Fifth-grader Jose Maya read a book about alligators aloud to fellow fifth-grader Erik Kelly on Wednesday morning.
Kelly laid out across the floor, his nose inches from the book. After it was finished, he called out to Maya — getting the pronunciation of "Jose" right on his second try — to play a game, "Don't Break the Ice."
Kelly has Down Syndrome and struggles in some social situations. But a Washington Elementary program that pairs students in special education programs with students in mainstream education programs has helped him grow comfortable in new settings and given students of all advancement levels new opportunities.
"It kind of helps ease a lot of the anxieties they have," said special education teacher Samantha Bushman.
Bushman was talking about special education students, but the statement could also apply to students who haven't interacted as much with their peers with special needs. One girl, paired with a student with autism who uses deep breathing to help get on track after crying, now helps the student with breath through crying spells at recess. Kelly refused to go into the crowded lunchroom earlier this year, but now goes with a mentor student.
Kelly has difficulty communicating, but "they've figured out their own little language to understand each other," Bushman said.
This year at Washington, special education classrooms were moved into the building's annex, a separate, adjacent group of rooms. Teachers decided to make an extra effort to make sure special education students weren't isolated, integrating a mentoring program, providing extra physical education opportunities and holding a "Respect Rally" assembly.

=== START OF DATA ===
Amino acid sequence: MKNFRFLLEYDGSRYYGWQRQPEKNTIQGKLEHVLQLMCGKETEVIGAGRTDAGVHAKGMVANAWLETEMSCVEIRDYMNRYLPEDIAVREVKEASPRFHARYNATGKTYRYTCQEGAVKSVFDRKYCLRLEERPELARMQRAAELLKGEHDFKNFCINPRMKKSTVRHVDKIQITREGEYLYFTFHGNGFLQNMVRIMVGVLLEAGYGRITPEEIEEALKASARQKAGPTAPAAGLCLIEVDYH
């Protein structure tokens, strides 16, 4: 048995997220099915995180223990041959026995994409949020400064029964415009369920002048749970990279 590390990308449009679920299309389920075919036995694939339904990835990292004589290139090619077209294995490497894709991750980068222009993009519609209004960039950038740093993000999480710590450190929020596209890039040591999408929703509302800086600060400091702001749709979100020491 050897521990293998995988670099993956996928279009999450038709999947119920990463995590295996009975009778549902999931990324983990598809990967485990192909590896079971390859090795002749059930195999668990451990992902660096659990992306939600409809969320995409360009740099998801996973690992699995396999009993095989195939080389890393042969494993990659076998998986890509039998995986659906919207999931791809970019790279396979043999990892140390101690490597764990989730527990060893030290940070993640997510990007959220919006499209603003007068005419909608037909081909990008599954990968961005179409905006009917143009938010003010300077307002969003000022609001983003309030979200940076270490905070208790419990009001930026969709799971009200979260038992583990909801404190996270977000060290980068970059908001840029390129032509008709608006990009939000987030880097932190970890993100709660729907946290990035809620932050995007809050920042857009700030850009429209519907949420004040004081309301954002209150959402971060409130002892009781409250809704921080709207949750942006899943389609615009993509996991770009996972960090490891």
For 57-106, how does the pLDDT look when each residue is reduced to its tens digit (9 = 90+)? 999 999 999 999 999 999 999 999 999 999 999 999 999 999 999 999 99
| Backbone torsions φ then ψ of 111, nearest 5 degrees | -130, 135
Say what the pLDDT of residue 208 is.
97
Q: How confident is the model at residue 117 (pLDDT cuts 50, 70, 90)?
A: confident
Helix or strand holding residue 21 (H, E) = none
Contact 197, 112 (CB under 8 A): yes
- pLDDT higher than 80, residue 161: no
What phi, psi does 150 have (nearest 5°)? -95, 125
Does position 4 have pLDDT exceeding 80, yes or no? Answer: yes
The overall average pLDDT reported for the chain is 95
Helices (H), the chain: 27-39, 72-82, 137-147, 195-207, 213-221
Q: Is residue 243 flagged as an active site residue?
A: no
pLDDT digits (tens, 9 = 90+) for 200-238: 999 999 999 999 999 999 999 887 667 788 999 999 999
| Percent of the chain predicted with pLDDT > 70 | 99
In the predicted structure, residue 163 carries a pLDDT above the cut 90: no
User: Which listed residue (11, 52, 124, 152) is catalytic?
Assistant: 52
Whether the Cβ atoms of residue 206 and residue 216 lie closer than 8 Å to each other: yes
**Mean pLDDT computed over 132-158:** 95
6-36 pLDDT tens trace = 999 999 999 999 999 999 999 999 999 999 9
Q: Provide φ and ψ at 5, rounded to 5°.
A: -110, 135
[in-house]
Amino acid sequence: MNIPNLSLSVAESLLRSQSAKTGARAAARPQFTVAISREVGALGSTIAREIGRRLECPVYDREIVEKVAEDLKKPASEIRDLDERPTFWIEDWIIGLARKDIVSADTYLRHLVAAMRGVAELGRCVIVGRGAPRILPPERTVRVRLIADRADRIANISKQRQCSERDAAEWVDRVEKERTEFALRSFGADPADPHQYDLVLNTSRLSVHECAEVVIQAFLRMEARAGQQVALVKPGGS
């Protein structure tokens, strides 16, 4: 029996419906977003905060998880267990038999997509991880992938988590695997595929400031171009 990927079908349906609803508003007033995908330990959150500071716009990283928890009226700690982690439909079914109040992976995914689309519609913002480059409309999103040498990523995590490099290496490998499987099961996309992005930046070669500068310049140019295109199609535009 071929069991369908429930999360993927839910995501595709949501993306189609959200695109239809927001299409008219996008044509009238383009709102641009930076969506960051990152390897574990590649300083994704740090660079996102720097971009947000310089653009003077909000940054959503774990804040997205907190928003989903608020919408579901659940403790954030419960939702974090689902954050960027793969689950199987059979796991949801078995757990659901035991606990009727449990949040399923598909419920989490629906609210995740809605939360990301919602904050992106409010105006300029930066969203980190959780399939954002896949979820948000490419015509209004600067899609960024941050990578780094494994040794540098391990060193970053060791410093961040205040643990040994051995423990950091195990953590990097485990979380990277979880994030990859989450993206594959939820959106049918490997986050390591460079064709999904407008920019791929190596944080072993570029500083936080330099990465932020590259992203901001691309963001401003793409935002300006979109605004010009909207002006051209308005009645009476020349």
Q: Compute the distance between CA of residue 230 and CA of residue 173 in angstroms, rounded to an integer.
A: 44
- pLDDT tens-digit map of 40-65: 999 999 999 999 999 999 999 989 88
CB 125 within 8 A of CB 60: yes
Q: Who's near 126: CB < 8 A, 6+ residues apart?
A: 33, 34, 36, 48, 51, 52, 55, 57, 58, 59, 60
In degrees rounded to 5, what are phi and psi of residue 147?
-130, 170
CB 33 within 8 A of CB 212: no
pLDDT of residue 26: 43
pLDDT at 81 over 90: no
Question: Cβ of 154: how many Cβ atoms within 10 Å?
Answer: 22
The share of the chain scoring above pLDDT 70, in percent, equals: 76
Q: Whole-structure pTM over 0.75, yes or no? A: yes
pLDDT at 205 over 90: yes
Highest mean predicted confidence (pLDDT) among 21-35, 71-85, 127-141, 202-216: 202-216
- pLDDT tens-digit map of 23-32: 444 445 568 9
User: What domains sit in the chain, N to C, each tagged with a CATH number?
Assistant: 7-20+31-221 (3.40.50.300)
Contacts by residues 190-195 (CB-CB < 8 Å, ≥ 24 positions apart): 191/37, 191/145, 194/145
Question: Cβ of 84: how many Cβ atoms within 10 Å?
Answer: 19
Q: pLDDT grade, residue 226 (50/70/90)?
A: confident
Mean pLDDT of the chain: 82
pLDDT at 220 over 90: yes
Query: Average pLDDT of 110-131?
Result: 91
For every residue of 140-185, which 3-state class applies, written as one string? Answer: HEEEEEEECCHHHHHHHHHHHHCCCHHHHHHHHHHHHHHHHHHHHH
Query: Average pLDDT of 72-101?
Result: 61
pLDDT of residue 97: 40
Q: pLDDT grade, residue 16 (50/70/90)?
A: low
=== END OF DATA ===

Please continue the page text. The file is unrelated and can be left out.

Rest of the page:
It puts the school in line for a Special Olympics Unified Champion School designation, something given to a small percentage of schools. Such schools take unusual steps to create "a socially inclusive school climate that emphasizes acceptance, respect and human dignity for all students," the group's website says.
The general student body "has become a lot more accepting of everybody's differences," said special education teacher Beth Gregg.
Federal education laws require that students with disabilities are educated in the most inclusive setting that's reasonably possible and still meets their needs.
Individualized Education Plans, sometimes-complicated guides for how students with special needs are educated, specifies when a student receives individual services, when they're in a special education classroom and when they're in a grade-level classroom.
The law doesn't mandate social inclusion — whether kids get along with one another. But school climate, how teachers and administrators build a culture, has been a growing focus for many schools.
While playing the ice breaker game, Kelly was disturbed by a noise outside the classroom and pulled back from the game. Maya retrieved a pair of noise cancelling headphones for Kelly, and they went back to the game.
When asked why social bonds helped her students, Bushman said it boils down to confidence.
"It makes them feel like everybody else."